Most of you reading this have spent a significant amount of time building your brand equity through offline channels. Manufacturing goods that appeal to the target audience, marketing through catalogues, ongoing promotions and offers — all contribute towards creating a strong brand. Moreover, significant due diligence has been conducted to ensure that the offline support staff — be it store staff or customer service representatives — has been made available to process all end-user transactions — purchases, customer queries/complaints etc. — smoothly and within a reasonable turnaround time.
But what about your Web site, the online revenue channel?
Your end-user facing Web applications represent your store with no bounds! Highly unpredictable traffic can emerge on the site, leading to abandoned shopping carts, Web application issues during checkout and user confusion and frustration.
All of these problems can severely dilute the brand equity you’ve worked so hard to build over the years. Worst of all, customers who face such performance issues with your Web channel may just turn to your competitors, and you may not even find out about such performance issues before a substantial chunk of customers have already been lost!
Did you know that even today, a typical Web application experiences 170 hours of downtime every year, according to Gartner Group. Furthermore, it takes 25 hours on average to resolve such Web application issues, with an average of $18,500 lost per hour of downtime, costing up to $160,000 per hour for large retail eBusinesses.
Avoiding the Pitfalls
As your Web applications grow more complex to support a diverse customer base, how do you ensure that your revenue generating transactions — the business throughput of your Web infrastructure — are completed successfully on a consistent basis?
The important word here is consistent. When problems do occur, how do you proactively identify them and streamline the resolution process to mitigate the risk of customer dissatisfaction — all while leveraging your existing Web investments! Here are a few common pitfalls.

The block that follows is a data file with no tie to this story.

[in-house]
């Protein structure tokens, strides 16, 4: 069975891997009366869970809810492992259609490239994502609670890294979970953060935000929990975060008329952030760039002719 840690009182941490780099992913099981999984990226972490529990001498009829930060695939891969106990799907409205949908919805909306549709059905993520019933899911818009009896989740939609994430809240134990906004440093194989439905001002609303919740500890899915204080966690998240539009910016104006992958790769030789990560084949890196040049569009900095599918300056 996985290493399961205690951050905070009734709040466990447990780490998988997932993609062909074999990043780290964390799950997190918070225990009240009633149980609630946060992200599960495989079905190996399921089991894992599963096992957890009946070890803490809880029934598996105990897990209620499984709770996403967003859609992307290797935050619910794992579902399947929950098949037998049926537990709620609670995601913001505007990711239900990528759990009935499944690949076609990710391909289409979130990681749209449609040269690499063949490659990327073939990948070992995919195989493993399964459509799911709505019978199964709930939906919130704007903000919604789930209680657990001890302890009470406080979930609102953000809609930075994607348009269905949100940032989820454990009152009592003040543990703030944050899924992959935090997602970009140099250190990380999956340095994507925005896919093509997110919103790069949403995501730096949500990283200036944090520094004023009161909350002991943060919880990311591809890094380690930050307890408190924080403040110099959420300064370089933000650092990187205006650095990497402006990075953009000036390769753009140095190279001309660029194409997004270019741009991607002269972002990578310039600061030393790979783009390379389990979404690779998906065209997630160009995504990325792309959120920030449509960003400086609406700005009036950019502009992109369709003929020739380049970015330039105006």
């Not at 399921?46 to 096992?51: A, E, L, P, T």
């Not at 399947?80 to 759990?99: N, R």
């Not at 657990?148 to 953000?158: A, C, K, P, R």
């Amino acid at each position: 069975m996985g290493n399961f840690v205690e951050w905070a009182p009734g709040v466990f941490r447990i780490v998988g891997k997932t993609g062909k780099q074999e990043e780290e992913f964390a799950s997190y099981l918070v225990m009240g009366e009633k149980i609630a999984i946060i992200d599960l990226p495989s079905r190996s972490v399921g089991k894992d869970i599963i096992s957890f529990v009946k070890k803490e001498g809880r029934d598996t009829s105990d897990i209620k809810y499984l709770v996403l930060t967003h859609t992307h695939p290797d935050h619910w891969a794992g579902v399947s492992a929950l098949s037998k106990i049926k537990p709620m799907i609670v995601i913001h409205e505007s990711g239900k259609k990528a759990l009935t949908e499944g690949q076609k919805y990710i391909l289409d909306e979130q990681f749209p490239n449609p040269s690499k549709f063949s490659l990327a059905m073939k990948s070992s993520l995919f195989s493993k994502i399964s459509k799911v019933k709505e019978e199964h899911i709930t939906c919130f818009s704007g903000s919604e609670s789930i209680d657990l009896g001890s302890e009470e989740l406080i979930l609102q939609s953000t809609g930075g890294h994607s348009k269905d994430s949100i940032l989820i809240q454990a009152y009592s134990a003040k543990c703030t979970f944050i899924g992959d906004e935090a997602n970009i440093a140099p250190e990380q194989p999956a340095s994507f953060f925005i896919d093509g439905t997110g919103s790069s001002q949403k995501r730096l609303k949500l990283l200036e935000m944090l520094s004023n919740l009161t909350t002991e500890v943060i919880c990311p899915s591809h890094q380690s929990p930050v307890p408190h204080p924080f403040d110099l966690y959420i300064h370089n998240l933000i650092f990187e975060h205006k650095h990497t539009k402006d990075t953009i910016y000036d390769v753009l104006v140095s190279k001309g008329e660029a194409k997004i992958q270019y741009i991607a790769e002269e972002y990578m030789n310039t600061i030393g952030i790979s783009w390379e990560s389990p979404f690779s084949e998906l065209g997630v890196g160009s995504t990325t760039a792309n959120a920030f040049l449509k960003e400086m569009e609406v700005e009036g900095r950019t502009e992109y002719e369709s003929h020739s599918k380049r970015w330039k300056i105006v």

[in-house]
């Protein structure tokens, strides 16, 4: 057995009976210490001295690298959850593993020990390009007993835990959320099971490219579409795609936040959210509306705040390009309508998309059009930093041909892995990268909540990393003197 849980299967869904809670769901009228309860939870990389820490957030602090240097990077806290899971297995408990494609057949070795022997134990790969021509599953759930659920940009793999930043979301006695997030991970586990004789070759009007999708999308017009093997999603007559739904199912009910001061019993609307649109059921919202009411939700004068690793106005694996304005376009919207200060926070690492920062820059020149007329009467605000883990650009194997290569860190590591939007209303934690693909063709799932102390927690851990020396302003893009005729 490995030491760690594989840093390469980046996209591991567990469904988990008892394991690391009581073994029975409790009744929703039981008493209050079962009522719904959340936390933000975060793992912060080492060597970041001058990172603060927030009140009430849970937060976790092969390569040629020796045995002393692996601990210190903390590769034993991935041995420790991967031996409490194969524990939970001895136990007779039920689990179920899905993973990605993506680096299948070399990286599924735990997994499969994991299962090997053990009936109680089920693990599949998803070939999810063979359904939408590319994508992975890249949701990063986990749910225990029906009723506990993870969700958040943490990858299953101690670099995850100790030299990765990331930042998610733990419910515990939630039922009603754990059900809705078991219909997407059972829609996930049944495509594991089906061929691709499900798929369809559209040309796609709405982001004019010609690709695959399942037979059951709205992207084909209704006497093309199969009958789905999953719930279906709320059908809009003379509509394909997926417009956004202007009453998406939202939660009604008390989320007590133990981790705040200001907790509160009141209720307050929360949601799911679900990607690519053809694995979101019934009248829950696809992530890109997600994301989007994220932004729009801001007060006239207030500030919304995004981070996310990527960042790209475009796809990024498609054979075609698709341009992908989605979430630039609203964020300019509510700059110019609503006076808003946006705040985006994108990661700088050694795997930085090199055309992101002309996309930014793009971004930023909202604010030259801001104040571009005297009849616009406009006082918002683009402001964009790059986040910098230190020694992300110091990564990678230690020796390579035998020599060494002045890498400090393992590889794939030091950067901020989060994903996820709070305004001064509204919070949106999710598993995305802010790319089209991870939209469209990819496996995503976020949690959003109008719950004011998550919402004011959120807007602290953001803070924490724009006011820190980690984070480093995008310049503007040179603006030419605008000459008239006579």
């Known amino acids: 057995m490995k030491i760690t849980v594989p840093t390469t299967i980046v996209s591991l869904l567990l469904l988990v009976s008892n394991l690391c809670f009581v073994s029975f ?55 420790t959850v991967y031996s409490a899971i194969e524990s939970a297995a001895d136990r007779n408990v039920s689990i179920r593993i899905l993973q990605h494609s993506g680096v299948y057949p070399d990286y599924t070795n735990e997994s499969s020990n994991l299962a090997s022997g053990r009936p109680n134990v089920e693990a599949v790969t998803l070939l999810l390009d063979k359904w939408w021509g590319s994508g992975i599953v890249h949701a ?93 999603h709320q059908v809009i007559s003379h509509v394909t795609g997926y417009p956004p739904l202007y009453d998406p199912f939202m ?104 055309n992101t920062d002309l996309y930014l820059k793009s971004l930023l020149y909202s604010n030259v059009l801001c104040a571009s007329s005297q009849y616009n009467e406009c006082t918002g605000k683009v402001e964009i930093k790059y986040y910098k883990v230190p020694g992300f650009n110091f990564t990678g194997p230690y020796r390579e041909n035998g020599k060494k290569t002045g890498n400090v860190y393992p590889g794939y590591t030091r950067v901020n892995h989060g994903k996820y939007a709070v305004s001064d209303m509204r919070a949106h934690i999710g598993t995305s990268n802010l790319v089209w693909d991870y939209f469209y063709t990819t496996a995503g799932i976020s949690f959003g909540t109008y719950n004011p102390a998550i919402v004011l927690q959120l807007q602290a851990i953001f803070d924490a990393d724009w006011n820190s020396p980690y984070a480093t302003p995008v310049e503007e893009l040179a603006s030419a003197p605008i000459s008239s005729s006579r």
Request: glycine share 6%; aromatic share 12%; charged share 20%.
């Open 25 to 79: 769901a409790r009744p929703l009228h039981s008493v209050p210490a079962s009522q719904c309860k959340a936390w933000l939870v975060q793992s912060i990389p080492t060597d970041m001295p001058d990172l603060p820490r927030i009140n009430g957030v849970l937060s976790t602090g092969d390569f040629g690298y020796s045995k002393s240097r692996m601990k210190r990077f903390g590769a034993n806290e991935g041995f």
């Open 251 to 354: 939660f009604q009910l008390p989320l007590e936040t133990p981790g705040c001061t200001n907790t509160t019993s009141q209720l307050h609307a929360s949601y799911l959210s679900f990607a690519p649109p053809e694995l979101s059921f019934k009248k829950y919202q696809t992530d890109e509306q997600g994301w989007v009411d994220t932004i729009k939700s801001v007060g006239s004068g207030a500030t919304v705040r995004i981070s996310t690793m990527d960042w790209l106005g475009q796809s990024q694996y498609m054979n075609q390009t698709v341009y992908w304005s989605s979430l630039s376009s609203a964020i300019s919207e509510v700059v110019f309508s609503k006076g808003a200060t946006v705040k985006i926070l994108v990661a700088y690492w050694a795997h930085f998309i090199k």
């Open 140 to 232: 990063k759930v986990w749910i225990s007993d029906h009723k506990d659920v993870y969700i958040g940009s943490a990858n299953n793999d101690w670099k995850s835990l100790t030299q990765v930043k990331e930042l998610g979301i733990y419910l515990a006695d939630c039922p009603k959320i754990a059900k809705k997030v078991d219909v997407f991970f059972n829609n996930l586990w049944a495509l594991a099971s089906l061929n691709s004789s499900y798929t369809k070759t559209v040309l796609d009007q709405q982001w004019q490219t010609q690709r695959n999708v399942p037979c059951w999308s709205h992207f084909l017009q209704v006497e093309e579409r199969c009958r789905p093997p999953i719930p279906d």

Load testing the site prepares the site for “primetime,” but does not eliminate the need for ongoing performance monitoring. Just as you can’t crash test a car and never have to worry about monitoring the ongoing health of the vehicle, you can’t just load test a Web site and not check the ongoing user-experience.
Moreover, load testing assumes a certain traffic profile (volume/mix) which could be dramatically different in real life.
As traffic patterns on the Web channel vary from the pretested patterns, it could affect the Web site performance dramatically. Consequently, it is important to check the Web application health realistically on an ongoing basis. This should be done measuring its availability and the responsiveness for critical Web transactions.
Your site can only work as fast as the most limiting bottleneck. A city might have eight lanes on the freeway, but even if a small stretch of the highway is under unscheduled maintenance with four closed lanes, it could lead to miles of traffic jam very quickly. What if one of two J2EE application servers processing all checkout transactions is down for maintenance, while hundreds of Web servers are operating at less than 10 percent capacity?
Moreover, there is one constant you can count on for better or worse: that is change! What if you launched a promotional campaign for a product, and the checkout transaction volume for that specific product goes through the roof? In this scenario, the application or database instance handling the specific transaction will become the new bottleneck and will still slow-down the transaction, even though the rest of the infrastructure is under 10 percent capacity.